Friday, August 14, 2015

The Unity and Authorship of Isaiah: In Defense of Isaianic Authorship

 * I just finished up a ten week study through the book of Isaiah.  Here is the handout I wrote up concerning the authorship of Isaiah.

The Unity and Authorship of Isaiah
Richard Klaus
August 2015

1.     Isaiah 1.1 states, “The vision of Isaiah the son of Amoz concerning Judah and Jerusalem, which he saw during the reigns of Uzziah, Jotham, Ahaz and Hezekiah, kings of Judah.”  Up until the late 18th century most Bible scholars accepted that Isaiah was the author of the entire book that bears his name thus making the entirety of the book an 8th century B.C. composition.[1]

2.     Johann C. Doederlein (1745-1792) was the first scholar to publish a systematic argument for a 6th century date for Isaiah 40-66.[2]

a.     Argument: Isaiah, in the 8th century, could not have foreseen the fall of Jerusalem in 586 B.C.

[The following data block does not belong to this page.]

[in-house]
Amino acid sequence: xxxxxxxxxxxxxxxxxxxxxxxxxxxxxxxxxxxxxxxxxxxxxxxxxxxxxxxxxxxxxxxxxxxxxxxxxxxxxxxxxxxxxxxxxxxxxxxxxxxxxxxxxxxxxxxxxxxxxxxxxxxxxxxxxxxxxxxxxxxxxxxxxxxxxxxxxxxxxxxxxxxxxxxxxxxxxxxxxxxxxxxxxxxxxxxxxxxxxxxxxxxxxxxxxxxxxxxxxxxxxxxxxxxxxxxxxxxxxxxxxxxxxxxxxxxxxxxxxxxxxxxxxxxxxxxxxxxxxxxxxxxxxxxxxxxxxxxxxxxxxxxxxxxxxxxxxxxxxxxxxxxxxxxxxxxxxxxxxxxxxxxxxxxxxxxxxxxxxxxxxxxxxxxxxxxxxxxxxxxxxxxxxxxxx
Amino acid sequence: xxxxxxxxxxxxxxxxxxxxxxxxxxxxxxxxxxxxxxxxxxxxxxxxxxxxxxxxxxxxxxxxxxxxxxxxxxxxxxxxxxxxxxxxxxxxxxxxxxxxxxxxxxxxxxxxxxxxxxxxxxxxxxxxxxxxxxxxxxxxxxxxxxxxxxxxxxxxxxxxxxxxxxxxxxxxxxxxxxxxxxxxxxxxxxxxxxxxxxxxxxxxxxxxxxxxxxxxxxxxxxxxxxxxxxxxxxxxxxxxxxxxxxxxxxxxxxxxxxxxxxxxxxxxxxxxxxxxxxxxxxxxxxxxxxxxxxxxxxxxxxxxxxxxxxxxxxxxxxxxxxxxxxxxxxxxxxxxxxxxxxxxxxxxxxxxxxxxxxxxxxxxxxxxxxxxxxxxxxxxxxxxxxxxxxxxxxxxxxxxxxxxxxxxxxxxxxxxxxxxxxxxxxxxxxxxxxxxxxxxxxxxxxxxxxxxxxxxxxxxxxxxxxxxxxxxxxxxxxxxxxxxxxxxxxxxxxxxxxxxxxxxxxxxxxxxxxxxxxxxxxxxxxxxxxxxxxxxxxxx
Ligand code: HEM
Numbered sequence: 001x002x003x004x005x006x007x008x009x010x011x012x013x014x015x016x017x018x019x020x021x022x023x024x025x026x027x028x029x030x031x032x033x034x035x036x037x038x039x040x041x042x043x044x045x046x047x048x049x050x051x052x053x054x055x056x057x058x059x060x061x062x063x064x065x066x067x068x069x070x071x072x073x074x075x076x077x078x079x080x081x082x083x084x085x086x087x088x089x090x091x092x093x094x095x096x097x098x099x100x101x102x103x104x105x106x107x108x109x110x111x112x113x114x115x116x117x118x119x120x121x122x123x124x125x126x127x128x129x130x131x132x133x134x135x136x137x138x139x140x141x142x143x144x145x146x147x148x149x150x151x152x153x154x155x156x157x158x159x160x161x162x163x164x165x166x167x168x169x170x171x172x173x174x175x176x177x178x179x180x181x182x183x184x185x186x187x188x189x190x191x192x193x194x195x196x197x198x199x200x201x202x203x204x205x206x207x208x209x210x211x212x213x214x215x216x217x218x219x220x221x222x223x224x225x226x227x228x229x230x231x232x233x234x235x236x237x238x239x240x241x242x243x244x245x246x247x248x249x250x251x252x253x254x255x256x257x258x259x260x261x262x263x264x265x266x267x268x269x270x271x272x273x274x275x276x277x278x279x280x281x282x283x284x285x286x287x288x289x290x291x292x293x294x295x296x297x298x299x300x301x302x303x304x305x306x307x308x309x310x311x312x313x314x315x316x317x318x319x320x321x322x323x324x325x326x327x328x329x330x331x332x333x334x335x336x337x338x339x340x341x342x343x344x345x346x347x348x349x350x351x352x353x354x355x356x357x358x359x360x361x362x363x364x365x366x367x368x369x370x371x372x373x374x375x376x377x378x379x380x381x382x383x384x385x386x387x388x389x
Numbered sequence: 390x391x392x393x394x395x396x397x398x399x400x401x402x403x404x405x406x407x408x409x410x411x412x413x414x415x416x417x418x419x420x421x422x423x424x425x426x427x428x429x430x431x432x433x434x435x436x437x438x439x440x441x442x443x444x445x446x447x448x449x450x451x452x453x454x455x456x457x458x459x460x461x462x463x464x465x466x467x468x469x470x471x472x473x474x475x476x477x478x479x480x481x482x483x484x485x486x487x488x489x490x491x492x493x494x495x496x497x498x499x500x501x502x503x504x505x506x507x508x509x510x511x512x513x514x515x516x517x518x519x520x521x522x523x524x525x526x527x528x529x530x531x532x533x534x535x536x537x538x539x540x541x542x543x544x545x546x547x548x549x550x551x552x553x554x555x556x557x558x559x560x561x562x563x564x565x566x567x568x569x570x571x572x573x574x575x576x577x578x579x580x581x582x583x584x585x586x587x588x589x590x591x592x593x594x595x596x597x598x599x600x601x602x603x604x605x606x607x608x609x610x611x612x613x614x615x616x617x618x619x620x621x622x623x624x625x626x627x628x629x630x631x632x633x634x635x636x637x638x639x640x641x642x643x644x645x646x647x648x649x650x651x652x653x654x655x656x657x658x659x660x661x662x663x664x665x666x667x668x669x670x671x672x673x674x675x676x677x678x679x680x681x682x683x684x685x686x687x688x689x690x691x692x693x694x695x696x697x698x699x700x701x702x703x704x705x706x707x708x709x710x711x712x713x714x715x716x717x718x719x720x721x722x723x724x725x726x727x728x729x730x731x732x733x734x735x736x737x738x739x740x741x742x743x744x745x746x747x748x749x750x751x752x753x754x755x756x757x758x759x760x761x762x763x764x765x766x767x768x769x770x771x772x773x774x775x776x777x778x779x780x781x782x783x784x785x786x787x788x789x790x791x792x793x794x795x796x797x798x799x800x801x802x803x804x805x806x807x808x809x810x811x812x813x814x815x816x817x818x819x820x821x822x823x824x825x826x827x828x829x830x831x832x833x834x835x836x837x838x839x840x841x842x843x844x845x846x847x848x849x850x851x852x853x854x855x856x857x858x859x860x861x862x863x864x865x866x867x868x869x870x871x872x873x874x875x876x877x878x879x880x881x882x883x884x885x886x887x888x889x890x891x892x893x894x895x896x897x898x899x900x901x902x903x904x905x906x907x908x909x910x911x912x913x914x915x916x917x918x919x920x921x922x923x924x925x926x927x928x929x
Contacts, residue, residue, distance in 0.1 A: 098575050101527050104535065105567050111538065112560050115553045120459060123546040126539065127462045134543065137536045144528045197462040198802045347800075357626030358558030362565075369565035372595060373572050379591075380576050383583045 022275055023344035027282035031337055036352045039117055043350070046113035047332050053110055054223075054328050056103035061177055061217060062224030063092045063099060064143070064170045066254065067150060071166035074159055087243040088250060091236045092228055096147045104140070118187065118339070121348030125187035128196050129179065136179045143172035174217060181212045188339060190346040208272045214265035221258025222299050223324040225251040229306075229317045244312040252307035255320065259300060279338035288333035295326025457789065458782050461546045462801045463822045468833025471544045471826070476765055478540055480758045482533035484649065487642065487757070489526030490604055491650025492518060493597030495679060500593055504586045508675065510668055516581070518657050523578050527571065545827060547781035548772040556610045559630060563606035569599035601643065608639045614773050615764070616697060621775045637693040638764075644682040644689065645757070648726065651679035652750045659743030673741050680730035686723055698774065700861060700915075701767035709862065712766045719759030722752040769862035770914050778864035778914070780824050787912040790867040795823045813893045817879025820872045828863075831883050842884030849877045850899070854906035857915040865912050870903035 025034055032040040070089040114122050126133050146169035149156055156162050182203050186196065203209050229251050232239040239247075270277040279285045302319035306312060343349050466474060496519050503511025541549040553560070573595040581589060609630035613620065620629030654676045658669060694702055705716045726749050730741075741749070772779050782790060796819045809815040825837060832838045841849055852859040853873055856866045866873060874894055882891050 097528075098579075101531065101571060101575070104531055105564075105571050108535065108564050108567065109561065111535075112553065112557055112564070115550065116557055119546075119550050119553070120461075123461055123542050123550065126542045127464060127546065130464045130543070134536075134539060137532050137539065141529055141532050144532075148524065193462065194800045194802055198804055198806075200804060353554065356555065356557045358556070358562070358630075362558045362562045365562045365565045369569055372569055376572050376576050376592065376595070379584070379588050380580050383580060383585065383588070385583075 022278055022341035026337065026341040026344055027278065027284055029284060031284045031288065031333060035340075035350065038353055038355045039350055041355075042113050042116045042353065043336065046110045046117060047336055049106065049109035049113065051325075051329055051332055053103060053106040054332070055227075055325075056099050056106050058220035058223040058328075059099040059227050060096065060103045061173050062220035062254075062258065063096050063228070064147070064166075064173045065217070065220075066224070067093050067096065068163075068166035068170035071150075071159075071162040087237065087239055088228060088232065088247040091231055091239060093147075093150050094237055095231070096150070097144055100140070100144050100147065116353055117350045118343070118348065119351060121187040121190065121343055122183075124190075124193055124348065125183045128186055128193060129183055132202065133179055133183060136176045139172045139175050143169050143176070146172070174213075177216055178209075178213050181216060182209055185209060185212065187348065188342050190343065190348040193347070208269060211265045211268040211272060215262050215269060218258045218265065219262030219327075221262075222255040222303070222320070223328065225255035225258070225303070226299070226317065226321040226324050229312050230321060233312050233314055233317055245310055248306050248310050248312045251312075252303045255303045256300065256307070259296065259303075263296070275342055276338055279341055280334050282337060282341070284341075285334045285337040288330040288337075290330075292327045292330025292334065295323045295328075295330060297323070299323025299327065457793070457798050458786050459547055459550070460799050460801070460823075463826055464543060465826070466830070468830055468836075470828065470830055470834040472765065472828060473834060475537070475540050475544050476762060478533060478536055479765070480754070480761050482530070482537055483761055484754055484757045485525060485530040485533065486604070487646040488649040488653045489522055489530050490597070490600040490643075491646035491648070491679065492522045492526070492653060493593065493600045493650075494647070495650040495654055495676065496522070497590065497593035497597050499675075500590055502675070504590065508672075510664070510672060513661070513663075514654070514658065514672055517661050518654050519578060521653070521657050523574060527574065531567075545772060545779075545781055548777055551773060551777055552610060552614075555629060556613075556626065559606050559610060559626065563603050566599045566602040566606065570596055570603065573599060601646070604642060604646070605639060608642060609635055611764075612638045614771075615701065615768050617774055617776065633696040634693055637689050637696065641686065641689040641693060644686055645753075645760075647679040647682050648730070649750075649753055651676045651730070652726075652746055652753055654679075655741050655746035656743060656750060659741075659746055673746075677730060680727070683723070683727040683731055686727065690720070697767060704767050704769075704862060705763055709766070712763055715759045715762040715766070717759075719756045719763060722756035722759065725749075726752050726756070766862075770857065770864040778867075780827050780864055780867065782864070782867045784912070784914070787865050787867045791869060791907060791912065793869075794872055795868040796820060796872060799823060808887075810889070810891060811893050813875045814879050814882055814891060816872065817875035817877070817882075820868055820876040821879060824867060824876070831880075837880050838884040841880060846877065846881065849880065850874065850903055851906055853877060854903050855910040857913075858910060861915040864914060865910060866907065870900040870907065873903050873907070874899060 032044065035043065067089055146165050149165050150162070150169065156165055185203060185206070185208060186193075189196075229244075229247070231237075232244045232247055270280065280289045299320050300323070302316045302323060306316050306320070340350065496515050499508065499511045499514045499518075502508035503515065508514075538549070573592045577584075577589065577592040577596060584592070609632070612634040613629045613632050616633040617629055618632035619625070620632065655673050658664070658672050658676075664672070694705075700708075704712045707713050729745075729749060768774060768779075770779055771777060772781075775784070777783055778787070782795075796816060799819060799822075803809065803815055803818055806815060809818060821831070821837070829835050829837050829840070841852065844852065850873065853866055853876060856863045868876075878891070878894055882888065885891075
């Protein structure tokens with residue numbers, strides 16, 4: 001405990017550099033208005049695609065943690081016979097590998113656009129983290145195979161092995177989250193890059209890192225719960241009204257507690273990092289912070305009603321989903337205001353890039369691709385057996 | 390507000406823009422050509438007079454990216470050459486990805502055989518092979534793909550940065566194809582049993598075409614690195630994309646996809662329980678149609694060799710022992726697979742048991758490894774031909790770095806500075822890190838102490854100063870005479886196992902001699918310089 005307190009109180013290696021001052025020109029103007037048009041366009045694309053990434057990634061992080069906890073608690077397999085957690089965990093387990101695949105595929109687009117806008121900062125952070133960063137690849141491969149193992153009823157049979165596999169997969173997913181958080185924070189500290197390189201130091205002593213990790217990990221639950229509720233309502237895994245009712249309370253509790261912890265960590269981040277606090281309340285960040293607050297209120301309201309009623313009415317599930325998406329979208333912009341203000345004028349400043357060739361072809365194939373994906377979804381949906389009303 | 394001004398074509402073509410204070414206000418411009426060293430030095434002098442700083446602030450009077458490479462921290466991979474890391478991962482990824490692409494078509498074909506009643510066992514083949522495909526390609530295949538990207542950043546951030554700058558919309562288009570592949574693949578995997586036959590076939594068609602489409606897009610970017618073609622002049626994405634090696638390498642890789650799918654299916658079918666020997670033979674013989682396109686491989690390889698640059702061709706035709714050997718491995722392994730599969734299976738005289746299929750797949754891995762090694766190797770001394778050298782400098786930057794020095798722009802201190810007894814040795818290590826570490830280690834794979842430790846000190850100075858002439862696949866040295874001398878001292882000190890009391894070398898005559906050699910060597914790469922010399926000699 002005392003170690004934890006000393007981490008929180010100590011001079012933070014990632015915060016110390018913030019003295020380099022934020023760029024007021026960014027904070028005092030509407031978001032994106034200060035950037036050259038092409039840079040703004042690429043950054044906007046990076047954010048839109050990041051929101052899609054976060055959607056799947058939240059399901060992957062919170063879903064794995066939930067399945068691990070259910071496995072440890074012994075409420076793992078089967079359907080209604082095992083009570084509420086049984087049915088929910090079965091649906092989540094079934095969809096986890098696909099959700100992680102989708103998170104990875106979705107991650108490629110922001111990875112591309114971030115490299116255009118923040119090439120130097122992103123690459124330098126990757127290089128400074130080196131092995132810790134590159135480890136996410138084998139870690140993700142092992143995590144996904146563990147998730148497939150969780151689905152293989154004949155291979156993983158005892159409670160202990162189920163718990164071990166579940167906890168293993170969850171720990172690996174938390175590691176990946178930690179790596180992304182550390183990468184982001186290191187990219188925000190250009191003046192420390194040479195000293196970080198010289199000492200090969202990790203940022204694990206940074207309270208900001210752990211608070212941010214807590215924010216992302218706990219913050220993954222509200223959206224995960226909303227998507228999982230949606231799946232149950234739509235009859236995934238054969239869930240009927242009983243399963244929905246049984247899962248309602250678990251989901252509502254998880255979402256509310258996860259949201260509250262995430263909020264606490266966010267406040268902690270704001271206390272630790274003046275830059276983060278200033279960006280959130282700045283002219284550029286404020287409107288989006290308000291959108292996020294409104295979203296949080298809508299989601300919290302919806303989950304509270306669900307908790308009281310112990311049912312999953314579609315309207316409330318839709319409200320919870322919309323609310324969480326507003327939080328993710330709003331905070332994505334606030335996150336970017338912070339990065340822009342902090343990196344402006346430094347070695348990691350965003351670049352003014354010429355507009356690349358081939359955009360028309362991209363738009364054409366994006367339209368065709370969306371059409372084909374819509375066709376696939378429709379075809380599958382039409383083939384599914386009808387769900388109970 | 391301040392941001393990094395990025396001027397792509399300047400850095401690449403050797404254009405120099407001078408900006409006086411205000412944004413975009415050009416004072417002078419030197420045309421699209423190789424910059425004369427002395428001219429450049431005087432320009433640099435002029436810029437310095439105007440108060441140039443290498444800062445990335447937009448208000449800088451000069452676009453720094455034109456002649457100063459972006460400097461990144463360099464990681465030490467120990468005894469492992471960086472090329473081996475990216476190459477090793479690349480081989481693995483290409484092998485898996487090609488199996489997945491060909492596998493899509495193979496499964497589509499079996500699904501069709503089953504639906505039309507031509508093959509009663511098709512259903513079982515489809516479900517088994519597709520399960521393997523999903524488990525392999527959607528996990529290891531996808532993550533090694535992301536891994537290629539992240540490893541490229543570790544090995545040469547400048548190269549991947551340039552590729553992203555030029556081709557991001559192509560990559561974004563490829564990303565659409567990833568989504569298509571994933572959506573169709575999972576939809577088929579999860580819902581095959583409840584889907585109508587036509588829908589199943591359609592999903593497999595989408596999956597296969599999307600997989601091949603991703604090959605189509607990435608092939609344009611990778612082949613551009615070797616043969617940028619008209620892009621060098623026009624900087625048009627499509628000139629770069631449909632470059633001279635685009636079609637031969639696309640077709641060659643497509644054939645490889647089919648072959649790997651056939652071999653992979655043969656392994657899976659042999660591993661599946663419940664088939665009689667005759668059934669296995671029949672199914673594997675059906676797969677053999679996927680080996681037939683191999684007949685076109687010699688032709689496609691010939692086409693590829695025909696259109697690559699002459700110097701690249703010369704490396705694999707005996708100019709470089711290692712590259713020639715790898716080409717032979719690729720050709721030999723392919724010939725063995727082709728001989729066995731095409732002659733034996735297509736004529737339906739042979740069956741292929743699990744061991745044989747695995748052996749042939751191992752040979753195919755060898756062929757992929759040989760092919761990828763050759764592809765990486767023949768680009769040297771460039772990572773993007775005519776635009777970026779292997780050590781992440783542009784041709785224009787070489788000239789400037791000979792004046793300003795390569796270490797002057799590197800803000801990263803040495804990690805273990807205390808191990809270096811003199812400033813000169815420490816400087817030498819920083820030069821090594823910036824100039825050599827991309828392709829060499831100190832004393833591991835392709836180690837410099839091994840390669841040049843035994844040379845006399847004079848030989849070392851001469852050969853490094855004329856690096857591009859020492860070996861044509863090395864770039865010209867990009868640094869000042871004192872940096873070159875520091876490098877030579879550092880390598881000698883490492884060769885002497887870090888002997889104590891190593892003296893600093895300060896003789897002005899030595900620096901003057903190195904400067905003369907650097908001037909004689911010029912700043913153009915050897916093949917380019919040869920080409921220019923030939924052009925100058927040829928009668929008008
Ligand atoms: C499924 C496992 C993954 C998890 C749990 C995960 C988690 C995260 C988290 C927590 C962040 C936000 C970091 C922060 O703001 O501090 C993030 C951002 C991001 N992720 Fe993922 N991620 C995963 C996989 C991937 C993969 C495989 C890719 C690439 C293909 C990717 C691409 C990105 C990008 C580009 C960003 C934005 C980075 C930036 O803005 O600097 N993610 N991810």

b.     Argument: Impossible to foresee the rise of someone with the specific name of “Cyrus” 150 years before it happened

c.      Isaiah 40-66 considered “Deutero-Isaiah”

3.     Contemporary critical Old Testament scholarship rejects the unity of authorship of Isaiah.

4.     Arguments used to deny single authorship and posit multiple authors:

a.     Historical Situation

                                               i.     Chapters 1-39: setting is in Jerusalem in 8th century when Assyria is main power

                                              ii.     Chapters 40-55

1.     Audience is in exile in Babylon

2.     Jerusalem and temple in ruins; anticipating reconstruction

3.     Cyrus the king of Persia mentioned by name (44.28; 45.1, 13)

4.     Exile is not being predicted but, rather, presupposed by these chapters

                                            iii.     Chapters 56-66: “Trito-Isaiah” (“Third Isaiah”)

1.     Thought to be post-exilic

2.     “Arguments in favour of a post-exilic Palestinian ‘Trito-Isaiah’ were based on considerations of structure, style and background ideas.”[3]